Tuberville takes ‘Relay’ personally
Rhonda Tuberville became involved with the Pike County Relay for Life campaign at the very start as a member of the Troy Service Alliance.
The year was 1995 and she was committed to helping find a cure for cancer. But it was not until 2004 that the mission became very personal for her.
“That year, I was the team captain for my church, Richland Baptist,” Tuberville said. “That year, my mother was being treated for cancer and she was too sick to go to the Relay for Life event. I’ll never forget that year and I’ll never forget the survivors’ lap. Seeing all of those people, friends and neighbors, who have survived this terrible disease because of what the American Cancer Society has been able to do with the monies that we have raised through Relay for Life event made a lasting impression on me.”
Tuberville’s mother passed away that year and she became even more dedicated to the cause and is willing to do whatever she can to win the fight against cancer.
She has been on the Pike County Relay for Life board of directors for three years and served as captain of the Richland Baptist Church team until this year when she accepted the challenges and responsibilities of co-chair of the 2009 Pike County Relay for Life campaign.
Tuberville and Pam Little agreed to co-chair this year’s event along with chair Janet Baker and to accept the leadership role in 2010.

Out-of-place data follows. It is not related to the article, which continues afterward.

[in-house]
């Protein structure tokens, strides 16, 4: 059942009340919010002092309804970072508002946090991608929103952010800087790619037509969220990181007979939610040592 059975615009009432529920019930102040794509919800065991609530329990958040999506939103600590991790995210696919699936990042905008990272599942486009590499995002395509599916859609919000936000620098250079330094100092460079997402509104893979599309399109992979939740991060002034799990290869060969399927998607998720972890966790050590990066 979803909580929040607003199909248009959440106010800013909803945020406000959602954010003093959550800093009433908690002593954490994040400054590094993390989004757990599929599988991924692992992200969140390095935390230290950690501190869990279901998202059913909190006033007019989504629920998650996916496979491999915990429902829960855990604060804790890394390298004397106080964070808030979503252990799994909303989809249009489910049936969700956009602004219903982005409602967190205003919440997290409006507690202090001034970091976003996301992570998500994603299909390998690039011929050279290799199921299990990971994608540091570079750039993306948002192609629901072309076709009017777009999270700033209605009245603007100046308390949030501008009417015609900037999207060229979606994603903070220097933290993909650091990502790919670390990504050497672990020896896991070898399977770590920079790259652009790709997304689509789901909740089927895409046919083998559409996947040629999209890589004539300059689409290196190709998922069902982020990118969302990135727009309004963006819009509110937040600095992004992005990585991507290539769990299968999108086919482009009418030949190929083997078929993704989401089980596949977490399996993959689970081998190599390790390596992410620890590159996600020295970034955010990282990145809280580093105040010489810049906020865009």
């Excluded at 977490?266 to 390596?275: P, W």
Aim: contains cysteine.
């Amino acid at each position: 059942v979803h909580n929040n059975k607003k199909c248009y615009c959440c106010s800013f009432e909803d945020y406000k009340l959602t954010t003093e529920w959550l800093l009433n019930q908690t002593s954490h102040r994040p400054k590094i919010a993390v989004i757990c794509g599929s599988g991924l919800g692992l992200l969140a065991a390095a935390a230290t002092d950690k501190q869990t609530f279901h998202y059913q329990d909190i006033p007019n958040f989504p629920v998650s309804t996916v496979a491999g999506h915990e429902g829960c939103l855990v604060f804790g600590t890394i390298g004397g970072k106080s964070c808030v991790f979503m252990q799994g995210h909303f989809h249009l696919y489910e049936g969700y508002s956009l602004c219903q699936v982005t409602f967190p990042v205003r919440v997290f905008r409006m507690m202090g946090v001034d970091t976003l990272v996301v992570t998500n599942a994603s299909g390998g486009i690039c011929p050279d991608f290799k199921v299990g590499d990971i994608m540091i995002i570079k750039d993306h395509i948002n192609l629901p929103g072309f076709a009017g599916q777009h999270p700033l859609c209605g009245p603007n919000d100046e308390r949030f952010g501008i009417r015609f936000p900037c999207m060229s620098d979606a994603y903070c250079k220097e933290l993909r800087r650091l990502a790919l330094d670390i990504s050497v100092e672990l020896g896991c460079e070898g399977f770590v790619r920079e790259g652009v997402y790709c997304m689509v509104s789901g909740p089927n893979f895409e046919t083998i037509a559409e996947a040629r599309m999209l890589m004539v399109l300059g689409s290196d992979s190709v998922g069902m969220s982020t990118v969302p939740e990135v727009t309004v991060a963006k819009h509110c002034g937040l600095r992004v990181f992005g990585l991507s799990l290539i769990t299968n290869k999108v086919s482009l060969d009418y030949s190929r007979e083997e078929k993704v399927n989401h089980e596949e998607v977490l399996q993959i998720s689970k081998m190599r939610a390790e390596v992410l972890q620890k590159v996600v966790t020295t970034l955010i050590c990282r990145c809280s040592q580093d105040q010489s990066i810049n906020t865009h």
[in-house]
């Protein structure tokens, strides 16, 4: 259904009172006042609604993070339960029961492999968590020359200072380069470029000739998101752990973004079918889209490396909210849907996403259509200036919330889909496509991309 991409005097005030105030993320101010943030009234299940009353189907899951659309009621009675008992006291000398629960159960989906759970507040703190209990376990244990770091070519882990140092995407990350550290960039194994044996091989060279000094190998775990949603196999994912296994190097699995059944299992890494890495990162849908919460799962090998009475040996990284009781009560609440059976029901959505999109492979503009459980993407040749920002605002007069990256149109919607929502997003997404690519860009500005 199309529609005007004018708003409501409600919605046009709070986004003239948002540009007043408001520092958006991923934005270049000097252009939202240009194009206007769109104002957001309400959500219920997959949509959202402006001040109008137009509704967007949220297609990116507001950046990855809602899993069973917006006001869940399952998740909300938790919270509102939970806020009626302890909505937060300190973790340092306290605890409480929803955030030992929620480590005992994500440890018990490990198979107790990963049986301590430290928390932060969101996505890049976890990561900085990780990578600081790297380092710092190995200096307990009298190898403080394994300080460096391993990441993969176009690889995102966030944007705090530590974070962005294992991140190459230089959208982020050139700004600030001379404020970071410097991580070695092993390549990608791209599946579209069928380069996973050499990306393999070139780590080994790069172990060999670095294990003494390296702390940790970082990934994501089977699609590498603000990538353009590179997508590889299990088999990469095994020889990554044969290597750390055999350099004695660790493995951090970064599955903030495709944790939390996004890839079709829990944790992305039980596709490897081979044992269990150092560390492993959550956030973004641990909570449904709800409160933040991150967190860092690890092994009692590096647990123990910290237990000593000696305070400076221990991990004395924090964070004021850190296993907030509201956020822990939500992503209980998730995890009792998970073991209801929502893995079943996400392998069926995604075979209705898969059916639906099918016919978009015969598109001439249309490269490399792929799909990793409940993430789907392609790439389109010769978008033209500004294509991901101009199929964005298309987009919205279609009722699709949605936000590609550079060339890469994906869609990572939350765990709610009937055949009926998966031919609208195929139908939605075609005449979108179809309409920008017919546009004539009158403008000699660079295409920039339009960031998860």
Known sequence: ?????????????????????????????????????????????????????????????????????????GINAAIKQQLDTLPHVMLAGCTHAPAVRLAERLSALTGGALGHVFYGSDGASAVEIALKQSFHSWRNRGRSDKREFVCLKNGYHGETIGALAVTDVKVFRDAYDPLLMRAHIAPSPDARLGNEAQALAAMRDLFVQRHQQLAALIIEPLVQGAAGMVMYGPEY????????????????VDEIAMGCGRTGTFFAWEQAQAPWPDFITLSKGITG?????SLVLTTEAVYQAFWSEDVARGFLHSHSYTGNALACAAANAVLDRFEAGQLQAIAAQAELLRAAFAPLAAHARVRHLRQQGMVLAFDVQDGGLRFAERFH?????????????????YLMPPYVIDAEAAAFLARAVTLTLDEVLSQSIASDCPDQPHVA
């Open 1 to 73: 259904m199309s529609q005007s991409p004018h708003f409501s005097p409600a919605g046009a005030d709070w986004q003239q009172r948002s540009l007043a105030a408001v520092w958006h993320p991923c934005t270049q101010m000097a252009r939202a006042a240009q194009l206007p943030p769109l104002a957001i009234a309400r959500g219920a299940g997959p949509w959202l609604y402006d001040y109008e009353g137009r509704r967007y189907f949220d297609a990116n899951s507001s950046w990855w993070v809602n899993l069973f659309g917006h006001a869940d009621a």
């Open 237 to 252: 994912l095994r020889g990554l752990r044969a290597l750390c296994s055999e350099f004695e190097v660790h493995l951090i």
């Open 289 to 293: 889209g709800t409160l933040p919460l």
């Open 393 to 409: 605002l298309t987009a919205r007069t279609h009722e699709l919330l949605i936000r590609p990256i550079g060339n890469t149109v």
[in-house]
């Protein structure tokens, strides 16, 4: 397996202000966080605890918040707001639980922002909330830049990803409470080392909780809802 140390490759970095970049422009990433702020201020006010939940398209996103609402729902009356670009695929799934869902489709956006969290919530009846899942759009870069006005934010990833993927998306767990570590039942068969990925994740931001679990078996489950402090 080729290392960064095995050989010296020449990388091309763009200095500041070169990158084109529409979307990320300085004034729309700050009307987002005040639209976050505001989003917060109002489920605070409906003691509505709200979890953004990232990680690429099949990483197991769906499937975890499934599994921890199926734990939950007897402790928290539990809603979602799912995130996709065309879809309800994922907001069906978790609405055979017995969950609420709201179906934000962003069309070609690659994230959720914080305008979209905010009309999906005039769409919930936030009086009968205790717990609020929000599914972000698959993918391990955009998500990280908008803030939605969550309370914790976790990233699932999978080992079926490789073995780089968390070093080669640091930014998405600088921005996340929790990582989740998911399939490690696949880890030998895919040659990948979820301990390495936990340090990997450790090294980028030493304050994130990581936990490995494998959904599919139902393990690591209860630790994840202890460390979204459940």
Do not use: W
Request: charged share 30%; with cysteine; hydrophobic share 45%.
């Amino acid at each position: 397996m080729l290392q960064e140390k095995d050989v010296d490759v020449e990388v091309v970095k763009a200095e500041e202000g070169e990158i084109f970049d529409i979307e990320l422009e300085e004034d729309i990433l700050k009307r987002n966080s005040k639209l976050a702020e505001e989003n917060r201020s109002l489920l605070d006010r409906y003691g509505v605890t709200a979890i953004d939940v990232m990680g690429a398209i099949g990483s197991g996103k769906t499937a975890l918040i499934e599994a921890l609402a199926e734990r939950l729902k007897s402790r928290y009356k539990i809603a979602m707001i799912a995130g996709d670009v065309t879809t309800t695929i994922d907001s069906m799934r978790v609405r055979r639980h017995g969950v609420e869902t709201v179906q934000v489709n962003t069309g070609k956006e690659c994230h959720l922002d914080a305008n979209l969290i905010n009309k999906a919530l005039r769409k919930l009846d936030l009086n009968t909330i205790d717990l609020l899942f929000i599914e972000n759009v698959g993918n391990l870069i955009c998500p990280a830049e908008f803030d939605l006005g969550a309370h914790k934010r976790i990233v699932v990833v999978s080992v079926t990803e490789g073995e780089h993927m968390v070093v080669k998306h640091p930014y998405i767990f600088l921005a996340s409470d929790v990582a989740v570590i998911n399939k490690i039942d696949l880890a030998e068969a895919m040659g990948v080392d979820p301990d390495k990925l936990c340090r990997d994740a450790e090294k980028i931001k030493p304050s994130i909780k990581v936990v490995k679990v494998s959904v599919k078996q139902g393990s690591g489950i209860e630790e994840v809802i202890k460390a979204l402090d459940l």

“Of course, the board realized that, because of the economy being so bad, that this could be a challenging year,” Tuberville said. “But we also knew about the generosity of the people of Pike County and we knew that they would be supportive.”
And, from all indications, the people of Pike County have not backed away from the fundraising campaign.
“The board members bagged groceries at Southern Family Market last week and people were very generous with their tips,” Tuberville said. “There are many worthwhile organizations that need and deserve the financial support of the community and we are so appreciative of the continued support for Relay for Life.”
Tuberville said the reason that people are so willing to give is that there are very few people whose lives have not been touched by cancer.
“Those who have not been directly affected know of a friend, a neighbor or a church member who has been affected,” she said. “It’s that connection that motives people to give.”
At a recent Pike County Relay for Life team captains’ meeting, a representative from the American Cancer Society polled the captains with questions related to cancer.
“Those who could answer ‘yes’ were asked to stand,” Tuberville said. “By the end of the questioning, everyone in the room was standing. Cancer affects all of us. That’s why so many care.”